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Blood Lead Testing


Lead poisoning affects the brain (thinking) abilities of children.  It will affect their ability to learn in school. 

Testing for blood lead is required for kids on Medicaid.  It is recommended that testing be done at: 

  • 12 months
  • Again at 24 months.  
  • If not previously tested , by the time a child enters pre-school or school.

Most areas in our tri-county area (Branch, Hillsdale, St. Joseph counties) have shown "At Risk" housing or other sources that promote lead poisoning. 

Parents/caregivers are encouraged to have the blood lead level checked at the appropriate intervals with visits to their physician for well-child examinations.  Otherwise testing is available through our Agency by special arrangement.  Screening for eligibility and appropriate testing is reviewed.  Children may be screened through our WIC Nutrition Program.

Questions regarding testing can be answered at the following numbers: 

Coldwater: 517-279-9561 ext. 115
Hillsdale:   517-437-7395 ext. 324
Three Rivers:  269-273-2161 ext. 211

The Community Health Agency also offers follow-up services for children with elevated blood leads by doing home assessments to determine sources of the lead.  We also have referral procedures for children who need medical attention for their lead poisoning.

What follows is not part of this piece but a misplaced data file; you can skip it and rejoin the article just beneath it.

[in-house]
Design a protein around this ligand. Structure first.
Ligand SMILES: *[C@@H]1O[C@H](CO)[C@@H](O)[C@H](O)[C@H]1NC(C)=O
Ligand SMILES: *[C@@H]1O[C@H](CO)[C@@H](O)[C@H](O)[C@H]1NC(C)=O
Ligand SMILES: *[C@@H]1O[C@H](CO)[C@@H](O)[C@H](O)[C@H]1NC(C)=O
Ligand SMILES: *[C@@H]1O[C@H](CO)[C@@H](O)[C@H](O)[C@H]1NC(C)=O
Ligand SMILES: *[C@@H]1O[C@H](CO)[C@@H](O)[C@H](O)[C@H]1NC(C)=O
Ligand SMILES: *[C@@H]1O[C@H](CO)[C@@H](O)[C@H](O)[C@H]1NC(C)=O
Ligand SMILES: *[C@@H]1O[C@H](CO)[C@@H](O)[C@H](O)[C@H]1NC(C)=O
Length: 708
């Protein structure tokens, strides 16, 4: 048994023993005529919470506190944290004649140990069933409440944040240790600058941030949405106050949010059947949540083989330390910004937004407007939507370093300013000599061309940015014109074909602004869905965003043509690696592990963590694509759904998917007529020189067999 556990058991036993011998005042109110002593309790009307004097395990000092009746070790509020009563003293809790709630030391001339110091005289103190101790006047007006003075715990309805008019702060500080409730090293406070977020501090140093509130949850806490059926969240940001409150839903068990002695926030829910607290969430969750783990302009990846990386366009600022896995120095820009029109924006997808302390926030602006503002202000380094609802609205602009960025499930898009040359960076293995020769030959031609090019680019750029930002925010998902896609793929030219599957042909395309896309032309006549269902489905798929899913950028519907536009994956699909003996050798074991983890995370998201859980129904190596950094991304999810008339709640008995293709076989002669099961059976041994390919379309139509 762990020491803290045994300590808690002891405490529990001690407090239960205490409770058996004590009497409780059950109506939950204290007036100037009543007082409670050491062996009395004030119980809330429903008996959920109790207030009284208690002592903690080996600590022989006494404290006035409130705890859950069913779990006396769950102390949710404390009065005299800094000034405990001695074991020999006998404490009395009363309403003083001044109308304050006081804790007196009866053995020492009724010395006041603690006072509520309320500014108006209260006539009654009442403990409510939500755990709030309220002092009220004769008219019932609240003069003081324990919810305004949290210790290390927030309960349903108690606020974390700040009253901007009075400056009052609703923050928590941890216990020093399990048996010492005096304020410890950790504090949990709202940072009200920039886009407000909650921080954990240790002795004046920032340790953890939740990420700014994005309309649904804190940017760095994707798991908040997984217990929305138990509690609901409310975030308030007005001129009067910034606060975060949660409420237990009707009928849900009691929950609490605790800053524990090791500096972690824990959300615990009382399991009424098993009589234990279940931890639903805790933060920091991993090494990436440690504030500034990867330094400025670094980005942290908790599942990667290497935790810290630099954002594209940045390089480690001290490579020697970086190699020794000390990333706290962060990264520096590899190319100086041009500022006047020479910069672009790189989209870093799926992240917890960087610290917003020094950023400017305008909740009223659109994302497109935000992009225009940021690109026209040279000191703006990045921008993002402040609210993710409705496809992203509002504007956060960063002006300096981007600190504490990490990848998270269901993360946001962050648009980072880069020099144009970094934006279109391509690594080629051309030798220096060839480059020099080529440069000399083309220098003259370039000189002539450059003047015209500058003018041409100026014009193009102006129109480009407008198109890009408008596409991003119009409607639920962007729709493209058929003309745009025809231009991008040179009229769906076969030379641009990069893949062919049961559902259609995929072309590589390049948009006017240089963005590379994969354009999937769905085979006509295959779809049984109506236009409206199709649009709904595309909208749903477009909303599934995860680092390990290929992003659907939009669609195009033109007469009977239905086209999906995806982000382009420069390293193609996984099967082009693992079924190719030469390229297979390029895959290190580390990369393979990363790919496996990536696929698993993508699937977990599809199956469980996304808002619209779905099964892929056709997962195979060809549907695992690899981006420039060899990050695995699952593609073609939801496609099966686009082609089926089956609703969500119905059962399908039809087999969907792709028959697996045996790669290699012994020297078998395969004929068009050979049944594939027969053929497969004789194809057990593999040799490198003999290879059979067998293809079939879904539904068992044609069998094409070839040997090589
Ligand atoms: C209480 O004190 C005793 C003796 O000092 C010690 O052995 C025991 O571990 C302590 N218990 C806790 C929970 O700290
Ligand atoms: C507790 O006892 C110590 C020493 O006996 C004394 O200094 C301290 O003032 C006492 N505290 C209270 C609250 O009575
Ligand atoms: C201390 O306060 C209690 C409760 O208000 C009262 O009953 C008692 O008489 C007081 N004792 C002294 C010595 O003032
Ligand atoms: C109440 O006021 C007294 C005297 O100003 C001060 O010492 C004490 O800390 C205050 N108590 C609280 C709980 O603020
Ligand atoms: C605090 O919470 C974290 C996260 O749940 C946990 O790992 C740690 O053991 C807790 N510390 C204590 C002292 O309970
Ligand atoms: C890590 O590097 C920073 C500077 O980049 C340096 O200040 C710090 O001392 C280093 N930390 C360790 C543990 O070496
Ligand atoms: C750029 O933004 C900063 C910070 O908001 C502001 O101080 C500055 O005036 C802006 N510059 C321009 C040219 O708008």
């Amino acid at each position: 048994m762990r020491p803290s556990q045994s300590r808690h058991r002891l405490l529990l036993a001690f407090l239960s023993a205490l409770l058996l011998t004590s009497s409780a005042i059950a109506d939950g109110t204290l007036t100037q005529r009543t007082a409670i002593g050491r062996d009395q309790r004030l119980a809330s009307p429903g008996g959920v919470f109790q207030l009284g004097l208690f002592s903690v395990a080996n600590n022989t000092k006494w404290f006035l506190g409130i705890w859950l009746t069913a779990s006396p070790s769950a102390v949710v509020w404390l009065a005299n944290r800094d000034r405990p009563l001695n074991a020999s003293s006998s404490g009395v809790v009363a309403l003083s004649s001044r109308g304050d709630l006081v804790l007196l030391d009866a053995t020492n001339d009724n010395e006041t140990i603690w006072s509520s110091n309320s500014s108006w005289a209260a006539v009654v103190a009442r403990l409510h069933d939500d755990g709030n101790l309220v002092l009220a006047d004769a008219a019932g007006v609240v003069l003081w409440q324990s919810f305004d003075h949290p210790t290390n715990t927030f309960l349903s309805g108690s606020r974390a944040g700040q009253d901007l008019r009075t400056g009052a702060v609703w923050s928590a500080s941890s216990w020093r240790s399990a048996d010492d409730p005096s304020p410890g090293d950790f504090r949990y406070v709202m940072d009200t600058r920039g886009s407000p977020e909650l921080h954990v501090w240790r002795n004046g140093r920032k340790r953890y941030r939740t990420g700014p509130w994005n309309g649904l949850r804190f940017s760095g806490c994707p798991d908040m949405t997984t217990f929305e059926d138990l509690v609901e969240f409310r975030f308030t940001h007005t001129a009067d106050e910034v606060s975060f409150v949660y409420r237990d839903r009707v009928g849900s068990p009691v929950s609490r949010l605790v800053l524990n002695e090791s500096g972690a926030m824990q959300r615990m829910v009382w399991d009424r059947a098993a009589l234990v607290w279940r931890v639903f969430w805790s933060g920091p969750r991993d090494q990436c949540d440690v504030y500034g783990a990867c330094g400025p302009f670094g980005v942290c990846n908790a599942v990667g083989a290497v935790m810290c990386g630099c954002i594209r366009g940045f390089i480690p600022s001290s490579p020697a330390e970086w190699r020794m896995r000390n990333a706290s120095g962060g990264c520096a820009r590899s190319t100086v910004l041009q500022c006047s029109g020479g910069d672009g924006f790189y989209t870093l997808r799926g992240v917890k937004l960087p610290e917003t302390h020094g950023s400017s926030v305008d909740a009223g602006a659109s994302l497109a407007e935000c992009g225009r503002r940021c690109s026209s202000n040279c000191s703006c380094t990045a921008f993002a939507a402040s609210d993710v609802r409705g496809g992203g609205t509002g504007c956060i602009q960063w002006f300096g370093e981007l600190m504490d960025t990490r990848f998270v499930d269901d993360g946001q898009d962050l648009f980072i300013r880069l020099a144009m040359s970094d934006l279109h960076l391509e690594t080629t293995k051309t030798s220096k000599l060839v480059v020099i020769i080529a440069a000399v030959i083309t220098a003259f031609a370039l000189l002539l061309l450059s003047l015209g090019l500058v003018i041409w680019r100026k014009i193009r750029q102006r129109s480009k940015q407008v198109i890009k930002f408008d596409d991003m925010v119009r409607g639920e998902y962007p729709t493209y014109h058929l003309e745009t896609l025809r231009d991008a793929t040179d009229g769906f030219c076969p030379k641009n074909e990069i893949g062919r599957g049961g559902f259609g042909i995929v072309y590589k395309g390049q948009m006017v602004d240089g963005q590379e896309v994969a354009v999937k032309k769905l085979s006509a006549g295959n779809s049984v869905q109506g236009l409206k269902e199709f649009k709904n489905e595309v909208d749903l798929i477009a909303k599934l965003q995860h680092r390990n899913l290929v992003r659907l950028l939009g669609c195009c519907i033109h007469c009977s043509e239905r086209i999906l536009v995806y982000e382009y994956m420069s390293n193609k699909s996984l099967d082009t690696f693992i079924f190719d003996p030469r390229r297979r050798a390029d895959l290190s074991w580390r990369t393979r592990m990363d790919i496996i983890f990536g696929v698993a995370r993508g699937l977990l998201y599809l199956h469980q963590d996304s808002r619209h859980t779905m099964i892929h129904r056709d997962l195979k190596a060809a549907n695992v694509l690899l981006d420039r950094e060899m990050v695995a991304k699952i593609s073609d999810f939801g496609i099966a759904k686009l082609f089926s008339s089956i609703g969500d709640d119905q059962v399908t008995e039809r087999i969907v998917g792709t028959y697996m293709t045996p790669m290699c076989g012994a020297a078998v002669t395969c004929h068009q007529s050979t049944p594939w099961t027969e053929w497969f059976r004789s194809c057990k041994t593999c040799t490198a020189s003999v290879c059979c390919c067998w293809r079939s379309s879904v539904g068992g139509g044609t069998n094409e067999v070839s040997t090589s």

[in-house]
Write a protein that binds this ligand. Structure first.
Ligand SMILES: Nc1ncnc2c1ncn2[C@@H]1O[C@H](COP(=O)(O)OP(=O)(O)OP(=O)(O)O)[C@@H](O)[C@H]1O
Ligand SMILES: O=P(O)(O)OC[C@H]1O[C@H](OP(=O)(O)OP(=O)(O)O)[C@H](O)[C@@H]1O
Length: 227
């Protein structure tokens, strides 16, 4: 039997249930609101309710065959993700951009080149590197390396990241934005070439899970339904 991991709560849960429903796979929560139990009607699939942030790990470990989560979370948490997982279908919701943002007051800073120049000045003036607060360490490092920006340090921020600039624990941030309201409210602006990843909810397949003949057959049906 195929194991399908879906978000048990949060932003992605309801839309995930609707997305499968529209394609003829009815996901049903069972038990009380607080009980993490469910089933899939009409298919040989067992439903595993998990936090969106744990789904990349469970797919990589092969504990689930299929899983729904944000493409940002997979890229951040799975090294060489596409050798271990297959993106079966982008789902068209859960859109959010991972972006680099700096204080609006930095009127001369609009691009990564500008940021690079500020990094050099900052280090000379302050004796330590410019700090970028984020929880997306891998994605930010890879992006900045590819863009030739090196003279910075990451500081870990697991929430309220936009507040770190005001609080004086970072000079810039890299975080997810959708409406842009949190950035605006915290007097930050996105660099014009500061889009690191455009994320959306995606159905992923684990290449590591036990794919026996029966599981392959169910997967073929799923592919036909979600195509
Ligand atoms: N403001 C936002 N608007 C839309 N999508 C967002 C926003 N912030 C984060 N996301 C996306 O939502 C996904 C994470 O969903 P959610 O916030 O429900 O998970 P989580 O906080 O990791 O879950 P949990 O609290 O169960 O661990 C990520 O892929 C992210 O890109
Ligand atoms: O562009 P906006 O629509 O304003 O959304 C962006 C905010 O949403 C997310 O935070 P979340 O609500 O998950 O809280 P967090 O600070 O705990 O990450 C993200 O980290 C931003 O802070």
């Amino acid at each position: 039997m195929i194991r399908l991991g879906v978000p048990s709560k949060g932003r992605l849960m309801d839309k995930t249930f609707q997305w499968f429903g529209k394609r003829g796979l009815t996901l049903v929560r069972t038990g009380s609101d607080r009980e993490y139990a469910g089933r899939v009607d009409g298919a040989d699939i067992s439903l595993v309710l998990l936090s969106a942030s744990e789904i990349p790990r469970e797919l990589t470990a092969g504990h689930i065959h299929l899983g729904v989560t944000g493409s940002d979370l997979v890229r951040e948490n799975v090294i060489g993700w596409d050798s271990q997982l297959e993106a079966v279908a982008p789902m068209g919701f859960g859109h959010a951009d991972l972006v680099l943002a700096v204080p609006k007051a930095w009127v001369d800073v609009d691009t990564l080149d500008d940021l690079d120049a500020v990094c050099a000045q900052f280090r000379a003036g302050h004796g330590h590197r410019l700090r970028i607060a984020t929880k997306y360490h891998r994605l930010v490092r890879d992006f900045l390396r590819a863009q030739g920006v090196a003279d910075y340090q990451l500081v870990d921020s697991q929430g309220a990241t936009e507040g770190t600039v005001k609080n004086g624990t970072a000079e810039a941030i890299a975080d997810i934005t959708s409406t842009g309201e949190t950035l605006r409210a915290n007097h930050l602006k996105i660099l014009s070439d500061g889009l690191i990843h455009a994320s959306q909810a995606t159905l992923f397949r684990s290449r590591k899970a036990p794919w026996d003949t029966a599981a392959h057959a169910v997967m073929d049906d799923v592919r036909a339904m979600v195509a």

view environmental hazards

Signs and symptoms of Lead poisoning in children may include:

  • Developmental delay
  • Learning difficulties
  • Irritability 
  • Loss of appetite
  • Weight loss
  • Sluggishness and fatigue
  • Abdominal pain
  • Vomiting
  • Constipation
  • Hearing loss
  • Seizures
  • Eating things, such as paint chips, that aren't food (pica). 

How can I determine if my child should be tested?
The following questions can help you identify your child’s risk for lead poisoning:

  • Does the child now or in the recent past live in or often visit a house built before 1950 with peeling or chipping paint? This could include a day care, preschool, or home of a relative.
  • Does the child now or in the recent past live in or often visit a house built before 1978 that has been remodeled within the last year?
  • Does the child have a brother or sister (or playmate) with lead poisoning?
  • Does the child live with an adult whose job or hobby involves lead?
  • Does the child's family use any home remedies that may contain lead?

If you answered no to every question, this means your child is at LOW RISK for lead poisoning.
If you answered yes or don't know to any of these questions, this means your child is at HIGH RISK for lead poisoning. The only way to know for sure is to have your child tested. Talk to your child's doctor to arrange for a blood test. Show the doctor this questionnaire so he or she knows why your child is at risk.

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